There are 32 million kids under the age of 14 in the U.S. This week, and for who knows how much longer, they will be home from school due to the COVID-19 crisis. It may sound like a situation that will try the patience of any parent. But Bill Onderdonk, COO of high-end toy and game company KiwiCo, tells PYMNTS CEO Karen Webster that he thinks he has a solution.
“If you want to spend quality time with your kids, they’re great projects for two or three people to do together,” he said. “So that’s sort of the other flip side of this crisis. On a broader scale, parents are concerned about how much time kids are spending in front of screens, whether that’s video games, phones or social media. Our products are a great alternative, because they are engaging and fun for kids.”
Those products include model kits or “crates” that can be ordered as a one-off or via subscription. KiwiCo currently has eight lines, from Panda (0-2 years) to Atlas (6-11 years) to Maker (14-104 years). They form the foundation of an innovative, subscription-based model that has shipped over 15 million projects, with the goal of encouraging children to not only interact with their parents and families, but also to develop their creative confidence.
“We believe that this confidence helps kids think big and act like creators and producers instead of just consumers,” says Sandra Oh Lin, founder of the company. “Kids with creative confidence don’t assume one ‘right way’ to build with blocks, paint a picture or solve a problem. Their unique way is the right way! I had a deep appreciation for the creative, hands-on projects that encourage this kind of thinking, but as a parent, I often found that my best intentions fell short. It was tough to find the time to do the research and come up with a great idea, let alone gather all the materials.”
KiwiCo has seen an increase in orders for both its subscription lines and the one-off products from its eCommerce site. Onderdonk places the order spike around March 12, which is when schools started to close and parents began grappling with keeping their kids engaged and entertained. He believes KiwiCo’s products are effective at developing science, engineering, art and math skills while also maintaining an element of fun.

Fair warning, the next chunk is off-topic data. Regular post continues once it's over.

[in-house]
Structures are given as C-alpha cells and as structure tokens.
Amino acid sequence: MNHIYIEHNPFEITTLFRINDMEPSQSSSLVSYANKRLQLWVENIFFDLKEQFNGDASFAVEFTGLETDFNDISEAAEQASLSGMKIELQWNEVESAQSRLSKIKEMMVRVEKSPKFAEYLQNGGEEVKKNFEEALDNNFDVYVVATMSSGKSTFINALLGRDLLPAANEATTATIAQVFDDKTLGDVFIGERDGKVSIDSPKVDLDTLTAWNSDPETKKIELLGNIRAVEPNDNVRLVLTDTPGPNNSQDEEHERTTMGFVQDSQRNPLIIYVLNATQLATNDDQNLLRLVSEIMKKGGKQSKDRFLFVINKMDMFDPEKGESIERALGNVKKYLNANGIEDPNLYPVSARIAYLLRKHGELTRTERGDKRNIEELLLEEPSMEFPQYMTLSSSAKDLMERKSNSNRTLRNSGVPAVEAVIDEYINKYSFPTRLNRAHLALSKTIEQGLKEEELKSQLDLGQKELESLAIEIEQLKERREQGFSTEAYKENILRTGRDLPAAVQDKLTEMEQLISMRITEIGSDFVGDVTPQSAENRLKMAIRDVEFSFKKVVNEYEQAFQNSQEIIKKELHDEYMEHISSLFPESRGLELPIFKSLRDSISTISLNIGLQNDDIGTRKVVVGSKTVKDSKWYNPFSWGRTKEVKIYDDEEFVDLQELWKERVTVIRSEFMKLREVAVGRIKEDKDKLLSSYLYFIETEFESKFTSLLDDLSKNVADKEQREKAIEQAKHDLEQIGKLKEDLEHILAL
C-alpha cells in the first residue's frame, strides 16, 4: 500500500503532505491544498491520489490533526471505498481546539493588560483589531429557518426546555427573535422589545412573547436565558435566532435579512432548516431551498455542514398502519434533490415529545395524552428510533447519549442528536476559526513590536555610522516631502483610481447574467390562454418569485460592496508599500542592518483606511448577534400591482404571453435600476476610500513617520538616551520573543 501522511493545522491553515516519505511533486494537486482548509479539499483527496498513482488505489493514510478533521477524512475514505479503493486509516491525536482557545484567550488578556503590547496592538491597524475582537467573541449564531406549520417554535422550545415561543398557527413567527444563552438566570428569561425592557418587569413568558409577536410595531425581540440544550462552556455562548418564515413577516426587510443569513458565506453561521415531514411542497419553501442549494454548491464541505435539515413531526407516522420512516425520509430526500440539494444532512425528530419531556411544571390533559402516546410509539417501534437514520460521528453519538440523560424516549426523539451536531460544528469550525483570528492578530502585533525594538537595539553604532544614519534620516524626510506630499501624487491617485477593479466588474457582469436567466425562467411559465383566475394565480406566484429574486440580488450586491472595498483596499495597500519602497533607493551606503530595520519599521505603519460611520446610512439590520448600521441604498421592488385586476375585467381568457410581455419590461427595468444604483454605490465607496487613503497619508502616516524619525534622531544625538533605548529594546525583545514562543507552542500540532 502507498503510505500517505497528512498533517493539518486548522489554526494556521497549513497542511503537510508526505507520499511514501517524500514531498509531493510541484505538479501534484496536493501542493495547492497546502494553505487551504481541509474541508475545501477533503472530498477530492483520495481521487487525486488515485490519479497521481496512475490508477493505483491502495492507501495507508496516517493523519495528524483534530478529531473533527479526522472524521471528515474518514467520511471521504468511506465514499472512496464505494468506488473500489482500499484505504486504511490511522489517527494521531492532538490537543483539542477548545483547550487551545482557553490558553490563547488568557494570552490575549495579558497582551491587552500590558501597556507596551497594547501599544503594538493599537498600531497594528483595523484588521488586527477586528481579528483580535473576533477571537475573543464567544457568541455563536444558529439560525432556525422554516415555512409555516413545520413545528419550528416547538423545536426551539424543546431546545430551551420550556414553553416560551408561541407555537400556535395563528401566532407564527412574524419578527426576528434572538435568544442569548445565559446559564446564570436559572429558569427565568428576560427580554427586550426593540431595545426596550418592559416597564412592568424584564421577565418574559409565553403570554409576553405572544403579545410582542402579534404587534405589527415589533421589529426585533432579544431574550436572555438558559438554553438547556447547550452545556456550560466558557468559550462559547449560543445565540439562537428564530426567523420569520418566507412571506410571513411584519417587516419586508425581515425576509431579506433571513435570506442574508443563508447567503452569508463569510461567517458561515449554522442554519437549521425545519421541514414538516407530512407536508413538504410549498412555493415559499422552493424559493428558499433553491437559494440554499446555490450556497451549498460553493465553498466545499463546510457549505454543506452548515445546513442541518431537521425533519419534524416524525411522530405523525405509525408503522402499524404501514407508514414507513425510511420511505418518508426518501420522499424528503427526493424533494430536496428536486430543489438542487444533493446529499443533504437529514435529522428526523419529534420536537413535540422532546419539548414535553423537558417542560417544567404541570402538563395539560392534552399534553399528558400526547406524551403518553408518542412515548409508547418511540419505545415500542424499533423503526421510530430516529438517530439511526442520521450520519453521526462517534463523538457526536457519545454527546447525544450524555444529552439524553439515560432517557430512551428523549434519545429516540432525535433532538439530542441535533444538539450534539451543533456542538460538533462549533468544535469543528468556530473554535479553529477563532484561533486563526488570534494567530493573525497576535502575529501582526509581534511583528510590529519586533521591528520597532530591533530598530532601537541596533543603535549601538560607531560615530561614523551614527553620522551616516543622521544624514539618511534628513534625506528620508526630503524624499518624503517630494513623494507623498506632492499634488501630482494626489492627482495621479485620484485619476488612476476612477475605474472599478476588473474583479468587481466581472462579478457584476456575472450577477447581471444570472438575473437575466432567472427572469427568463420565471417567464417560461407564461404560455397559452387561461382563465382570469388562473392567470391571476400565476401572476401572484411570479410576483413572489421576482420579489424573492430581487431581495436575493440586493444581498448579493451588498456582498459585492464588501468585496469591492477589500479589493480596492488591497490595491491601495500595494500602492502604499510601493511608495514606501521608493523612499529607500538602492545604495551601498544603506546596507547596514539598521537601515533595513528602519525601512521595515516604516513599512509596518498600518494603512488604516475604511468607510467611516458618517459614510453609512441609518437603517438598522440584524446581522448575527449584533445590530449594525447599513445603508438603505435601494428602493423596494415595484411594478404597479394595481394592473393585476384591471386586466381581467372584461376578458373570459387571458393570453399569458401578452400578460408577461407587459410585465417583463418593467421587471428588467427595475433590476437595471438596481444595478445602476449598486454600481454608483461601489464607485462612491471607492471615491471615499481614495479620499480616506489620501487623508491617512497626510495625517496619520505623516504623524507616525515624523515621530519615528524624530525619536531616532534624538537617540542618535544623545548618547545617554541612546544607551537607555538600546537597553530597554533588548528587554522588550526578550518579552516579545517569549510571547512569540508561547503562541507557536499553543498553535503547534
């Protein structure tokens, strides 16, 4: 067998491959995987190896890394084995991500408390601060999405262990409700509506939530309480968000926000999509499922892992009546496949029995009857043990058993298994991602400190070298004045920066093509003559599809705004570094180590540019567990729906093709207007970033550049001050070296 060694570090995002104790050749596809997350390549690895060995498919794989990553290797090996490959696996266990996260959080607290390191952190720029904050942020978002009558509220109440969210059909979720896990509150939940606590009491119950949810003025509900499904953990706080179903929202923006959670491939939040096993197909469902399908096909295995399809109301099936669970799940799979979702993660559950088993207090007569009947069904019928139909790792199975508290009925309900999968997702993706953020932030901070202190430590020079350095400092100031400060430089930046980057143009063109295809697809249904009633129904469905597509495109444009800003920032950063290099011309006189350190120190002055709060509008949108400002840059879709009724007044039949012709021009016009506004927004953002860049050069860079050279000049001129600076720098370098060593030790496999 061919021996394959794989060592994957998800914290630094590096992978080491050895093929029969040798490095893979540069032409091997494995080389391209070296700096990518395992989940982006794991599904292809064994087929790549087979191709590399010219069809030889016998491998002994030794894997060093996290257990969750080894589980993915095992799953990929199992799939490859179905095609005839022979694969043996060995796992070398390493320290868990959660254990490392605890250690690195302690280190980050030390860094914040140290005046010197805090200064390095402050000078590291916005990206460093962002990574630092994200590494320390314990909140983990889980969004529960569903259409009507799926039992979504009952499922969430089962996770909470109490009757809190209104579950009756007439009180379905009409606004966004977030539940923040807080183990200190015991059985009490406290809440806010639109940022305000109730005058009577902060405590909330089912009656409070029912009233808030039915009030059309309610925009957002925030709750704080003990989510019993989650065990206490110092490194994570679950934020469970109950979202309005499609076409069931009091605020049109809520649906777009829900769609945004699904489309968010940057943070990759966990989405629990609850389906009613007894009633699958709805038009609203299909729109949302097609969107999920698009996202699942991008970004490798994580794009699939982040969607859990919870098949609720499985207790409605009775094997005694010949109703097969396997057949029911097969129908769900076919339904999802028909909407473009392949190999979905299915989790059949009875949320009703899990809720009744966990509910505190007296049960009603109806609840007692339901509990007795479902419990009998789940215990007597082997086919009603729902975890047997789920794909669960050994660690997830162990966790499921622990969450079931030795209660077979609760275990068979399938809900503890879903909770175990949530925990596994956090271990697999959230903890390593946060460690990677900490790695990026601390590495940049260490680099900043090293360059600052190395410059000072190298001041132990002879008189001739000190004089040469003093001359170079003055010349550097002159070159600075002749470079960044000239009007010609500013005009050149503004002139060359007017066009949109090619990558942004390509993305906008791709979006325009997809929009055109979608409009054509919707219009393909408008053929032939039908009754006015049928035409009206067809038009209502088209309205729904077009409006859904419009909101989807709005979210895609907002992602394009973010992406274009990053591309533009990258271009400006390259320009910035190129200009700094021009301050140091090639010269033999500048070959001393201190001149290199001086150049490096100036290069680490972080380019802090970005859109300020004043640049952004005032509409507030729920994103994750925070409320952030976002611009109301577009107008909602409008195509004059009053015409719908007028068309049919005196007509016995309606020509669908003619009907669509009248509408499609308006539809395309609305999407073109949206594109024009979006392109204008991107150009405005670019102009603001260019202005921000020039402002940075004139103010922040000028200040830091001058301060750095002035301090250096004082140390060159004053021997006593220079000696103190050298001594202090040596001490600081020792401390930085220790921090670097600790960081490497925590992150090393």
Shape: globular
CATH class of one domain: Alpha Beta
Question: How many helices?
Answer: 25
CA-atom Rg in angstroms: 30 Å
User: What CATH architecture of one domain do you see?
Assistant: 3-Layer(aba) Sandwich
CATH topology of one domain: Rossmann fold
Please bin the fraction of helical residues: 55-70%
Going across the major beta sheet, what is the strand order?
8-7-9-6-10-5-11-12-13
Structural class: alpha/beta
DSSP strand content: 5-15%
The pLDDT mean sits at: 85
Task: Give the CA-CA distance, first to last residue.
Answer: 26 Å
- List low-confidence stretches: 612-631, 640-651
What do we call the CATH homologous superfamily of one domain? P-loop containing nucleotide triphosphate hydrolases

About one thousand hours of design and testing goes into developing each crate, with an eye toward matching skill levels and learning needs. For example, one of the Panda crates includes black-and-white images that fit the developing sight patterns of a newborn. The Atlas crate focuses on world geography, while the Maker crate emphasizes more advanced crafts, such as macramé and needlepoint.
“I think we hit the sweet spot for the projects, because they’re truly fun and very enriching for kids,” Onderdonk noted. He added that the company’s Instagram page shows pictures of kids waiting by the door to receive their crates. “A lot of our customers are kids who are super interested in what we’re shipping them every month.”
In addition to kids, KiwiCo also offers products to engage adults, such as the Eureka crate. Onderdonk pointed out that many millennials and younger adults see the crates as cool things to build. Another emerging segment is older adults, who have started to do puzzles and games to stay sharp mentally.
But the biggest target for KiwiCo will continue to be children, from newborns to age 14. And while his business has spiked during the past two weeks, he is hesitant to say whether the phenomena of educational, at-home projects will stick.
“It’s certainly early days, and these are unprecedented times,” he said. “I think it’s hard to say how things will play out for people. It’s obviously a very fluid and dynamic situation. We don’t have data or feedback from our customers to give us a quantitative sense of dependent changes. But anecdotally, I think we will see people doing the crates together with their kids. It gives the kids a couple of hours to work on a project, and that gives the parents time to get some work done.”
Outside of the 15 million products shipped by the company, Onderdonk is happy with the company’s high customer satisfaction scores and Net Promoter scores.
KiwiCo’s products are designed in California, but manufacturing takes place in Asia, mostly China. As the country heads into its second month of mandated social distancing, Onderdonk is confident that his logistics team has sorted out any manufacturing issues. He claims to have plenty of products on hand and even more coming through his standard supply chain channels, ensuring that KiwiCo crates will continue to reach its markets.